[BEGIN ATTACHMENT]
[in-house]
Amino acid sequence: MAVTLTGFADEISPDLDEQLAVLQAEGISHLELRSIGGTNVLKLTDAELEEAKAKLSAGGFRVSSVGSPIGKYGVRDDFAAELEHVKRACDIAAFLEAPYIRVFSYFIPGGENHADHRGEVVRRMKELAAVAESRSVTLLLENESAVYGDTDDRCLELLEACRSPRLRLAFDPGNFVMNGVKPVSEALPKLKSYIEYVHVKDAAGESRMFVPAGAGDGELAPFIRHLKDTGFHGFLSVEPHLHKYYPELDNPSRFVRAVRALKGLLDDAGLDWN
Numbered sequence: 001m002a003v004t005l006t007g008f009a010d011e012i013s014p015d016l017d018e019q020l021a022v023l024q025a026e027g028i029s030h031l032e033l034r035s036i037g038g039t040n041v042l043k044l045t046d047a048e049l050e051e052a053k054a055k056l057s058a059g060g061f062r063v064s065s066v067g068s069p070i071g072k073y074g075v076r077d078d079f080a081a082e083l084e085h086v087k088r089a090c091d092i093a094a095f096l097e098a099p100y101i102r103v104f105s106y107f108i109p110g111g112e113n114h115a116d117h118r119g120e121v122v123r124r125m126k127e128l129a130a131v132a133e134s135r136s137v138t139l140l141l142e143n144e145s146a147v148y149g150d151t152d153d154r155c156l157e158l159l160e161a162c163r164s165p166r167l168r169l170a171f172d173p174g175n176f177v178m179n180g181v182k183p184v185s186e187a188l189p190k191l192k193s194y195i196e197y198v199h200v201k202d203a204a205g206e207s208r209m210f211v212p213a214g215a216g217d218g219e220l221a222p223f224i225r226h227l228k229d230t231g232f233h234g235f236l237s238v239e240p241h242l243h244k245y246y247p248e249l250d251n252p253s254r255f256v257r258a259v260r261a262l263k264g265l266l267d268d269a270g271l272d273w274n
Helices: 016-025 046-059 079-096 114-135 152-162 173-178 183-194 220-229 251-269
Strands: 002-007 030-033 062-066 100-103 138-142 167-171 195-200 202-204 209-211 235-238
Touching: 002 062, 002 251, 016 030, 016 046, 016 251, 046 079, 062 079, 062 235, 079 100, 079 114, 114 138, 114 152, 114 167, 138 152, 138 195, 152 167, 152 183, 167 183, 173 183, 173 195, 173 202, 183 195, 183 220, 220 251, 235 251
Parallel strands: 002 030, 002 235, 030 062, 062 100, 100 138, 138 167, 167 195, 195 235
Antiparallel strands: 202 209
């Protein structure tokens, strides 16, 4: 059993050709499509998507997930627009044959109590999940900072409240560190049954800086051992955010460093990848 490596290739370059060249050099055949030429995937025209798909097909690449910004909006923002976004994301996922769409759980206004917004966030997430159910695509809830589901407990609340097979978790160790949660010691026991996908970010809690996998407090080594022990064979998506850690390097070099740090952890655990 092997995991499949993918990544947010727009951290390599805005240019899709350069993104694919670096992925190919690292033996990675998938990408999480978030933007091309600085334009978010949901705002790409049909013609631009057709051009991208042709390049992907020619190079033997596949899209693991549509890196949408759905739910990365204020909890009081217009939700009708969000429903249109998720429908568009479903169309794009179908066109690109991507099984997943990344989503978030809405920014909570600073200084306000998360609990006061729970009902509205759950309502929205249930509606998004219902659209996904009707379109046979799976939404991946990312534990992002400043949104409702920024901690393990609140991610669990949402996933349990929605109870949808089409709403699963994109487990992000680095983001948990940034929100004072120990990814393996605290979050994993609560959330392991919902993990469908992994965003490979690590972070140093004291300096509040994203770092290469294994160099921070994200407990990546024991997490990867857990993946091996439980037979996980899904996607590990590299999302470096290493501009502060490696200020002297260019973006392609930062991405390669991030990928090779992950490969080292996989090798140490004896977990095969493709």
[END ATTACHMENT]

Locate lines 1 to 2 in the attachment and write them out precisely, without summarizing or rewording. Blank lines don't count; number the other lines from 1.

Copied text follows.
[in-house]
Amino acid sequence: MAVTLTGFADEISPDLDEQLAVLQAEGISHLELRSIGGTNVLKLTDAELEEAKAKLSAGGFRVSSVGSPIGKYGVRDDFAAELEHVKRACDIAAFLEAPYIRVFSYFIPGGENHADHRGEVVRRMKELAAVAESRSVTLLLENESAVYGDTDDRCLELLEACRSPRLRLAFDPGNFVMNGVKPVSEALPKLKSYIEYVHVKDAAGESRMFVPAGAGDGELAPFIRHLKDTGFHGFLSVEPHLHKYYPELDNPSRFVRAVRALKGLLDDAGLDWN